The Knack

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The Ilford-spawned quartet the Knack (not to be confused with the late-'70s American band of that name) existed for three years, and cut a half-dozen singles for English Decca and Pye Records' Piccadilly…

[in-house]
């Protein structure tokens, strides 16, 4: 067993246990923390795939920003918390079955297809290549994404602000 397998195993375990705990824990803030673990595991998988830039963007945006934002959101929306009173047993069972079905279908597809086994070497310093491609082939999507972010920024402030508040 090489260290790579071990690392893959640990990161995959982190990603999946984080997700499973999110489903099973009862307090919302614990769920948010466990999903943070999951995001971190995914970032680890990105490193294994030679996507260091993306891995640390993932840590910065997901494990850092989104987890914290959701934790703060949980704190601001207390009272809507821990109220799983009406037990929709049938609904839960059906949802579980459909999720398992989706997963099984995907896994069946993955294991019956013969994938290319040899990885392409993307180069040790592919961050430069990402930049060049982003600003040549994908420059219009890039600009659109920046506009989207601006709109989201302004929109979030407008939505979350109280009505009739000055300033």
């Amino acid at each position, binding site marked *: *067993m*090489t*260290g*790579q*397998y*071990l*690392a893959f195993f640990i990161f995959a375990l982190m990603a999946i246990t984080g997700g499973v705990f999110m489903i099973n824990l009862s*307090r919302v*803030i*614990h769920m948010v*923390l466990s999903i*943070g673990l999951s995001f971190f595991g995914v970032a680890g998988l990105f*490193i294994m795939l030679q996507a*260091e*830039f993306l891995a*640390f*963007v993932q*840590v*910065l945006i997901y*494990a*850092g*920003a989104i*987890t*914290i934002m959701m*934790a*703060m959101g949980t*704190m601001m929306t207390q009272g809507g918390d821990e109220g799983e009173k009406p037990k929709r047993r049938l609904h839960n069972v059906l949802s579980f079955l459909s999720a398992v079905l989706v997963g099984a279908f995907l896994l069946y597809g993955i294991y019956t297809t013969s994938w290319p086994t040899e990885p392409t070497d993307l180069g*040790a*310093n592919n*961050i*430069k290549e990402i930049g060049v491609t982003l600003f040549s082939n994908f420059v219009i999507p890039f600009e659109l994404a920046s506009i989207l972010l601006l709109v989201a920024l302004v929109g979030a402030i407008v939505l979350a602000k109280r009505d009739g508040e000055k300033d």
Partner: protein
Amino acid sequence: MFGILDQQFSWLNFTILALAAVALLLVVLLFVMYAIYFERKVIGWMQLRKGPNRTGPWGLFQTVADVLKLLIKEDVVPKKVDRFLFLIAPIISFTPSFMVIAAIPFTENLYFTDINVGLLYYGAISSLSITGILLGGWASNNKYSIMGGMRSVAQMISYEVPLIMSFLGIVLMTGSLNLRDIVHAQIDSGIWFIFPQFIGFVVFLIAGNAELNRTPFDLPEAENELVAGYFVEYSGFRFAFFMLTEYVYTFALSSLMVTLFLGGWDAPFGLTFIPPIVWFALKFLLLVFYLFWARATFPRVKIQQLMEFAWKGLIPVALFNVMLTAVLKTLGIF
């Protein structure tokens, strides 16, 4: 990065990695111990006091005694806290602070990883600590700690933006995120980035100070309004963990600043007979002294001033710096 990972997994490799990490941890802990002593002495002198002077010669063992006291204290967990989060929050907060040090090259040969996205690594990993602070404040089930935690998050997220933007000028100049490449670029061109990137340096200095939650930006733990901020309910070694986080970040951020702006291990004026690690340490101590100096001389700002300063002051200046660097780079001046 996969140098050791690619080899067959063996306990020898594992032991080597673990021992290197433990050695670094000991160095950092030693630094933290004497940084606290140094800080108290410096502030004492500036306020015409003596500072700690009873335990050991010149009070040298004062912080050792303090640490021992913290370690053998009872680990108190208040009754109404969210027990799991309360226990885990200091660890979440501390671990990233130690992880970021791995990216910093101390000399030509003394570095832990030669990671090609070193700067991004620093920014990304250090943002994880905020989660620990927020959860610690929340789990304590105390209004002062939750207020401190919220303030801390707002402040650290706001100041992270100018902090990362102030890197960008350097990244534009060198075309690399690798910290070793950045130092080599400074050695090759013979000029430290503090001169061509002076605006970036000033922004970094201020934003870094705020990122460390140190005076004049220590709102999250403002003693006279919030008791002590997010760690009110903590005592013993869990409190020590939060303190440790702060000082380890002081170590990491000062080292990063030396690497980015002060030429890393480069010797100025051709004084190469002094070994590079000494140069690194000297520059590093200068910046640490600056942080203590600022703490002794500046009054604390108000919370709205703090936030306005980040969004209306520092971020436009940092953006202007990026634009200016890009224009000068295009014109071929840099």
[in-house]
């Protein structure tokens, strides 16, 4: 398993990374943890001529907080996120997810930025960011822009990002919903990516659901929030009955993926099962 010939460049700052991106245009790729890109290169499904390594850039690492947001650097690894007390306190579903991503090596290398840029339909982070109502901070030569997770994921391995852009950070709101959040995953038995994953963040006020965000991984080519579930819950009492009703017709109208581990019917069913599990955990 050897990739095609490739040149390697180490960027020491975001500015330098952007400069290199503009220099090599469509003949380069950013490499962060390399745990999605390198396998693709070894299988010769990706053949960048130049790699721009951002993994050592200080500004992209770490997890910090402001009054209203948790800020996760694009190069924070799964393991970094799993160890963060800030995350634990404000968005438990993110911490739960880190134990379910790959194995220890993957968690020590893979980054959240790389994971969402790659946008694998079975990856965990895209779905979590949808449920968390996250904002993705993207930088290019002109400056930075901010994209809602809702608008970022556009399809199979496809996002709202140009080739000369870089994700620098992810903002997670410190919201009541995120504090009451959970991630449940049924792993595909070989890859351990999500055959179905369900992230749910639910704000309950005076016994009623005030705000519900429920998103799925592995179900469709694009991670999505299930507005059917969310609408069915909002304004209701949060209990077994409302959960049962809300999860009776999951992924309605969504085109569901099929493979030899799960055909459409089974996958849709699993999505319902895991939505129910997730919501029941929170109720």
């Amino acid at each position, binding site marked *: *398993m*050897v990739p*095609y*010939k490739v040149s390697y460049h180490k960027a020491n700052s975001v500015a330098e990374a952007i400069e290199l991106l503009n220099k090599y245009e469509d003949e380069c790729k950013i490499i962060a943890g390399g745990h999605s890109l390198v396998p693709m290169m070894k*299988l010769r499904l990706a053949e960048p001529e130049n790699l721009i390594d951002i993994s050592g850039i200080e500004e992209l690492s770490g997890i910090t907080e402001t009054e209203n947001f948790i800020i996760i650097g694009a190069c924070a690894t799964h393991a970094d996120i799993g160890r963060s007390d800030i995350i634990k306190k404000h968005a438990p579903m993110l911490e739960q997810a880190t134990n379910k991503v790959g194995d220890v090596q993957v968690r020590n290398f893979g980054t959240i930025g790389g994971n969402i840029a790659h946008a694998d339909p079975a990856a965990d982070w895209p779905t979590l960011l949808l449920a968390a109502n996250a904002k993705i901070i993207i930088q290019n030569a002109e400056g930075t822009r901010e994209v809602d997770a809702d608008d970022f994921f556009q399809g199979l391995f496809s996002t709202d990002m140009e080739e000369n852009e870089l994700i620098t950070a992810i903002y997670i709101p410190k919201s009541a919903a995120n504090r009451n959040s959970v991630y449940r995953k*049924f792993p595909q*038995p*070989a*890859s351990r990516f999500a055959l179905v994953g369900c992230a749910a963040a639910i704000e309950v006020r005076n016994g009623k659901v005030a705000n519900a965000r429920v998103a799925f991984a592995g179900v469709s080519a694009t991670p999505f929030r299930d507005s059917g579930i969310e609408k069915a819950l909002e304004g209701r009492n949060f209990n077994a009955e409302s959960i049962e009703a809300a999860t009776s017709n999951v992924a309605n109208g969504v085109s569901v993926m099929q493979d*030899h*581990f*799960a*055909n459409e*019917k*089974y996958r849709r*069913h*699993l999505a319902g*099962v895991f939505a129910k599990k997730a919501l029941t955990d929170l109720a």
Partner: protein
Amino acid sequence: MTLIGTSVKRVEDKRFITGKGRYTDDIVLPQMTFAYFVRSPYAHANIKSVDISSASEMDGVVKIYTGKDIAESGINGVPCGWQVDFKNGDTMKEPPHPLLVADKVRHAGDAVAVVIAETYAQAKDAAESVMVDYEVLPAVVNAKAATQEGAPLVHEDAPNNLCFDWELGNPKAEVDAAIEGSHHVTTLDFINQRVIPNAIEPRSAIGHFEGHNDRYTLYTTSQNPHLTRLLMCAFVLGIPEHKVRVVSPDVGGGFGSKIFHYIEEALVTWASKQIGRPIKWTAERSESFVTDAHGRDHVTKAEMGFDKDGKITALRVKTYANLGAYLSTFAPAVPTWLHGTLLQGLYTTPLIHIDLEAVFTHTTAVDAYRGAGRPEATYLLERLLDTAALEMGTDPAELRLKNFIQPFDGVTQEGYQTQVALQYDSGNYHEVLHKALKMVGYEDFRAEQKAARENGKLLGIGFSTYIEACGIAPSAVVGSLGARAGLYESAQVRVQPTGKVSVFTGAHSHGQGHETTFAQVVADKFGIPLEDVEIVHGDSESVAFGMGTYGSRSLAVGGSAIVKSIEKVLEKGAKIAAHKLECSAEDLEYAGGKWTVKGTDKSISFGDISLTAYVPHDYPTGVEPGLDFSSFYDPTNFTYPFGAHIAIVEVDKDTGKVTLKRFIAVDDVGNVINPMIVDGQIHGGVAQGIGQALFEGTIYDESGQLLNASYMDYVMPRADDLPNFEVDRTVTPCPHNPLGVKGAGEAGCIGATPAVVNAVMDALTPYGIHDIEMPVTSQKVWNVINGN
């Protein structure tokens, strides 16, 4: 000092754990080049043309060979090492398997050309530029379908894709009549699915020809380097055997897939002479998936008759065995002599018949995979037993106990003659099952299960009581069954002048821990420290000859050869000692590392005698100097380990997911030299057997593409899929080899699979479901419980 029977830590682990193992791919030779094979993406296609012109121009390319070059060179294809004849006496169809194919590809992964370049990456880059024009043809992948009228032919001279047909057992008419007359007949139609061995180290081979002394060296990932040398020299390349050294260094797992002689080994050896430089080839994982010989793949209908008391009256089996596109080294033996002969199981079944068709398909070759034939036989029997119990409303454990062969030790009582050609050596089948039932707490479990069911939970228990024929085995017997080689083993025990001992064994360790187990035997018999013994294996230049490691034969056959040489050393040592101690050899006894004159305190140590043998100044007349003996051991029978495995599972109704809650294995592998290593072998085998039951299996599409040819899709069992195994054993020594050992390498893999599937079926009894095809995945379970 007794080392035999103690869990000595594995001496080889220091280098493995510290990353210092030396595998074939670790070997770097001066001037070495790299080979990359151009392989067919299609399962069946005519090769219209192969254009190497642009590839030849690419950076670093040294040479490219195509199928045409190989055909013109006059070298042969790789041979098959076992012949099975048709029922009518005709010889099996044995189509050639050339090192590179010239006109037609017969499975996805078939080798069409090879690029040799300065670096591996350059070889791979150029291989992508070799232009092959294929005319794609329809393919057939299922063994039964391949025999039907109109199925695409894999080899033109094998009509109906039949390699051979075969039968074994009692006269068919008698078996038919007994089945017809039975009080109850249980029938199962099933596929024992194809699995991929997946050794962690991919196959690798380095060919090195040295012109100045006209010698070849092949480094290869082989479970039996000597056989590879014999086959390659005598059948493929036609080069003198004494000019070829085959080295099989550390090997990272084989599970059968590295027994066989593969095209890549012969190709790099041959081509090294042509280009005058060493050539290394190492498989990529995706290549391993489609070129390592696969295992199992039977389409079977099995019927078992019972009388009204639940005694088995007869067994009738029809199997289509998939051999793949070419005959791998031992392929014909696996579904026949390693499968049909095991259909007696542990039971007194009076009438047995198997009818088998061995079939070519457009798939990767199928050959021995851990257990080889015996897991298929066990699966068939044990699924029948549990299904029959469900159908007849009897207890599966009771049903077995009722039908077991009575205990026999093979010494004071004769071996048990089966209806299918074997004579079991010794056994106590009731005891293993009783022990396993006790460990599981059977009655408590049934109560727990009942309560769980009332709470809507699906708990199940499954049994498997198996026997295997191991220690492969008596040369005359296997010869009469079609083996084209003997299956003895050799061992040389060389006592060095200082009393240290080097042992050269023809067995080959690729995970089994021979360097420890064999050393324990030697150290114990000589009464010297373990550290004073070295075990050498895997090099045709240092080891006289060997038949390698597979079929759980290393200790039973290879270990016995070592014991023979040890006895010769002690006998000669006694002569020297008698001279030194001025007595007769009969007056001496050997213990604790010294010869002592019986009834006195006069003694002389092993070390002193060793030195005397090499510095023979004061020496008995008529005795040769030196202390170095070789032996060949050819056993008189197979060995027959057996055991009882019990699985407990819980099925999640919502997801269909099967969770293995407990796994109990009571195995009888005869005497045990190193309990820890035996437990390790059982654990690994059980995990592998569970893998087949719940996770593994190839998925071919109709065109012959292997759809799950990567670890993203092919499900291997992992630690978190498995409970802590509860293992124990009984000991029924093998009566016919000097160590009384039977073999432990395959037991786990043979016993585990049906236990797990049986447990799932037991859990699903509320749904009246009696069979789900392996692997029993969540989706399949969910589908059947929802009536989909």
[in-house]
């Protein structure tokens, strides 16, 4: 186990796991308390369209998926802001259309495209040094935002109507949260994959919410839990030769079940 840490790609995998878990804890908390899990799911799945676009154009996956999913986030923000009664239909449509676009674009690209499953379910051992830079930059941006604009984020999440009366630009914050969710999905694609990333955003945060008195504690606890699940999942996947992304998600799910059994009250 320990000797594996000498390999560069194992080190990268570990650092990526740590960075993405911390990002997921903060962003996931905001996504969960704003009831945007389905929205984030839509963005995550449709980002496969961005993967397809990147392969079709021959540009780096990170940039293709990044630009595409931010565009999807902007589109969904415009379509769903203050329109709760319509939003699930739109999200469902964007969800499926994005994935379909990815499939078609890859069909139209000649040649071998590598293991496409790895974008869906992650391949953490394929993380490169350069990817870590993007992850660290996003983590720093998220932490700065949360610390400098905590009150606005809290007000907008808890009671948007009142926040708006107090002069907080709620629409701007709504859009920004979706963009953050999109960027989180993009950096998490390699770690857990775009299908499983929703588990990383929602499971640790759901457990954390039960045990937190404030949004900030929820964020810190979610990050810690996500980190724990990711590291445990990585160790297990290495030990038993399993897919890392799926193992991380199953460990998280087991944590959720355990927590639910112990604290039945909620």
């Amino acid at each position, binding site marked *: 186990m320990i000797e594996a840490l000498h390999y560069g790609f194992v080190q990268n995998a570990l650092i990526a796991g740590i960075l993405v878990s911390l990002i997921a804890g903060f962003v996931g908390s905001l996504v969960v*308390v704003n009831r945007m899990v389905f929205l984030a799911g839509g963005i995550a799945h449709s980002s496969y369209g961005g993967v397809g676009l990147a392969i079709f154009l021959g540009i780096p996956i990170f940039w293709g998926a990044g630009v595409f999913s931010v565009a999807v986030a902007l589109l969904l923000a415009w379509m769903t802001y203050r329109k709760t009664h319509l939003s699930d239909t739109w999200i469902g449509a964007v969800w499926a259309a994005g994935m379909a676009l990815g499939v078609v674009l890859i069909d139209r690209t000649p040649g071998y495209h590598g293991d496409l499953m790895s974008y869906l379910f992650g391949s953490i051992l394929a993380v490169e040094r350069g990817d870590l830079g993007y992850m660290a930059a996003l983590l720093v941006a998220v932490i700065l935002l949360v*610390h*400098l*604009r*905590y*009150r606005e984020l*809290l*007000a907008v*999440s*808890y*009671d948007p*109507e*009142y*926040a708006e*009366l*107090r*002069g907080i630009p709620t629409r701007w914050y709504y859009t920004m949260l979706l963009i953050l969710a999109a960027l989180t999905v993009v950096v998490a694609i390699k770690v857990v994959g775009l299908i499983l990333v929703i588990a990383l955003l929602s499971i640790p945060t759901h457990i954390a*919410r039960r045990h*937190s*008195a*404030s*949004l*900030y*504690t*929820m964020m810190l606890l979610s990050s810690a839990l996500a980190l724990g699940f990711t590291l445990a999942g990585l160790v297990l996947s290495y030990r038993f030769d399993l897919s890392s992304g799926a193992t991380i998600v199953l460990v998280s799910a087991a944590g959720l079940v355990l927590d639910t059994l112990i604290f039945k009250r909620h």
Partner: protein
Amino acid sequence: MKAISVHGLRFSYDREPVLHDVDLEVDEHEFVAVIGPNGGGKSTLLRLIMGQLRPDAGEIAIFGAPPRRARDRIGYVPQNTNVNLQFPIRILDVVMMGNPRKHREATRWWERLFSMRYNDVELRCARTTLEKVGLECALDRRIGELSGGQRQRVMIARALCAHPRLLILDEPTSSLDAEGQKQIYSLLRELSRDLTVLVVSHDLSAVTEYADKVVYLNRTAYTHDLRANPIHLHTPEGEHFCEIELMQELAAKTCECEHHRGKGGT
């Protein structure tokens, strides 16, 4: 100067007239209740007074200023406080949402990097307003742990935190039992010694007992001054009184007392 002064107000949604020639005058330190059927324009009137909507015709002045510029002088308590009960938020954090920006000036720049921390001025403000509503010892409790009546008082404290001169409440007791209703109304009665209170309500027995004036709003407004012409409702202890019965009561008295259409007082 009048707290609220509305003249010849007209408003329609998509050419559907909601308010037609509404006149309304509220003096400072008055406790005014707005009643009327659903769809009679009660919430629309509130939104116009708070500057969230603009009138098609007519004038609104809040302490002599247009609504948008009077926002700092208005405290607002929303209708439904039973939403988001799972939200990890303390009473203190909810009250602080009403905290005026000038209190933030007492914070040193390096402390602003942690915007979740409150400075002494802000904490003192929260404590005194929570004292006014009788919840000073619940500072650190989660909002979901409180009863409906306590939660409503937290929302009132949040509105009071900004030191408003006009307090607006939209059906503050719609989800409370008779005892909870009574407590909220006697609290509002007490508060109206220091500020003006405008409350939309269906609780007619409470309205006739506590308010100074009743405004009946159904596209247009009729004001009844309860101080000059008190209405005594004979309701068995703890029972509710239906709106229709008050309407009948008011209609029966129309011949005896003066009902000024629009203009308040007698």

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The Ilford-spawned quartet the Knack (not to be confused with the late-'70s American band of that name) existed for three years, and cut a half-dozen singles for English Decca and Pye Records' Piccadilly subsidiary. They never managed to get a chart placement, despite a valiant attempt at a cover of a Kinks song ("Who'll Be the Next in Line") with Larry Page producing for their debut. From those relatively tough, punk-ish influences, the group evolved into more of a mod-ish outfit by 1966, when they'd jumped to Piccadilly, with some serious interest in folk-rock -- they made a specialty out of covering Lovin' Spoonful tracks such as "Younger Girl" and "Did You Ever Have to Make Up Your Mind," the latter with some cool fuzzed out guitar from Adrian Gurvitz. The Knack even tried the German gambit that had worked to sustain various English outfits that couldn't get a hearing at home, but somehow they never managed to catch on playing a market that seemingly embraced (at least for a short time) every English-speaking band that went there. Guitarist/singer Adrian Gurvitz (then known as Adrian Gurvitz-Curtis); his brother, bassist/singer Paul Gurvitz; and drummer Louis Farrell parted with Tim Mycroft and formed the much harder rocking trio Gun. That band scored a number-eight British hit with "Race With the Devil," while Mycroft became a member of Sounds Nice, who cut sides for Parlophone Records in the late '60s.